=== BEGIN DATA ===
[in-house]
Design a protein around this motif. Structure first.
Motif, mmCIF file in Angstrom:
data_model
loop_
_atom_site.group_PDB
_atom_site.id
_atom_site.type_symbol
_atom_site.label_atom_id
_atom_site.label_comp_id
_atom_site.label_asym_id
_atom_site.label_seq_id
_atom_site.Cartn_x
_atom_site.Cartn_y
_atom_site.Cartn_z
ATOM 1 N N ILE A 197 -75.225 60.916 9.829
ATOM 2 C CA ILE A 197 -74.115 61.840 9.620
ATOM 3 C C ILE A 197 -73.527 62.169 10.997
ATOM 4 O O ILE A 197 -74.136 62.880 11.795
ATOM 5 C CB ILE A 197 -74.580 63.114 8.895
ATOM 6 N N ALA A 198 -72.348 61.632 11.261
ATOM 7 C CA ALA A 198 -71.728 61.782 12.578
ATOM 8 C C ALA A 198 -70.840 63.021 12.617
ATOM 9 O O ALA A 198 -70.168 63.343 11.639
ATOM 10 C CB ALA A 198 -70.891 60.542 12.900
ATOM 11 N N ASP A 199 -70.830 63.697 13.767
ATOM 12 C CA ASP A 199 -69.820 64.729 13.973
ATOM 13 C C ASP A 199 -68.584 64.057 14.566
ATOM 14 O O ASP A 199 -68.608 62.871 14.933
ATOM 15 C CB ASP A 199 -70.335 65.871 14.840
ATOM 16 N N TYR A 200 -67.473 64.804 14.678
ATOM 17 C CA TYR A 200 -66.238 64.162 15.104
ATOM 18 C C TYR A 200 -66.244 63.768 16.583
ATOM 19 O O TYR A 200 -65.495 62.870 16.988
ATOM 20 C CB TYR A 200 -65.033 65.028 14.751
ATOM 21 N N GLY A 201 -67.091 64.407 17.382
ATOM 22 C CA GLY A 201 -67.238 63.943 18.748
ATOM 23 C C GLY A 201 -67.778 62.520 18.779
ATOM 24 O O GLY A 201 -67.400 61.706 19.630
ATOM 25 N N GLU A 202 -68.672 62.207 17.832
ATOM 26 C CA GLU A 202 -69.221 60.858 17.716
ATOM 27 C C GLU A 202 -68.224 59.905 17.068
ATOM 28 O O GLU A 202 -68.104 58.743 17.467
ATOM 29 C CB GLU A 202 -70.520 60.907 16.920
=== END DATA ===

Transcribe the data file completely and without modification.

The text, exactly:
[in-house]
Design a protein around this motif. Structure first.
Motif, mmCIF file in Angstrom:
data_model
loop_
_atom_site.group_PDB
_atom_site.id
_atom_site.type_symbol
_atom_site.label_atom_id
_atom_site.label_comp_id
_atom_site.label_asym_id
_atom_site.label_seq_id
_atom_site.Cartn_x
_atom_site.Cartn_y
_atom_site.Cartn_z
ATOM 1 N N ILE A 197 -75.225 60.916 9.829
ATOM 2 C CA ILE A 197 -74.115 61.840 9.620
ATOM 3 C C ILE A 197 -73.527 62.169 10.997
ATOM 4 O O ILE A 197 -74.136 62.880 11.795
ATOM 5 C CB ILE A 197 -74.580 63.114 8.895
ATOM 6 N N ALA A 198 -72.348 61.632 11.261
ATOM 7 C CA ALA A 198 -71.728 61.782 12.578
ATOM 8 C C ALA A 198 -70.840 63.021 12.617
ATOM 9 O O ALA A 198 -70.168 63.343 11.639
ATOM 10 C CB ALA A 198 -70.891 60.542 12.900
ATOM 11 N N ASP A 199 -70.830 63.697 13.767
ATOM 12 C CA ASP A 199 -69.820 64.729 13.973
ATOM 13 C C ASP A 199 -68.584 64.057 14.566
ATOM 14 O O ASP A 199 -68.608 62.871 14.933
ATOM 15 C CB ASP A 199 -70.335 65.871 14.840
ATOM 16 N N TYR A 200 -67.473 64.804 14.678
ATOM 17 C CA TYR A 200 -66.238 64.162 15.104
ATOM 18 C C TYR A 200 -66.244 63.768 16.583
ATOM 19 O O TYR A 200 -65.495 62.870 16.988
ATOM 20 C CB TYR A 200 -65.033 65.028 14.751
ATOM 21 N N GLY A 201 -67.091 64.407 17.382
ATOM 22 C CA GLY A 201 -67.238 63.943 18.748
ATOM 23 C C GLY A 201 -67.778 62.520 18.779
ATOM 24 O O GLY A 201 -67.400 61.706 19.630
ATOM 25 N N GLU A 202 -68.672 62.207 17.832
ATOM 26 C CA GLU A 202 -69.221 60.858 17.716
ATOM 27 C C GLU A 202 -68.224 59.905 17.068
ATOM 28 O O GLU A 202 -68.104 58.743 17.467
ATOM 29 C CB GLU A 202 -70.520 60.907 16.920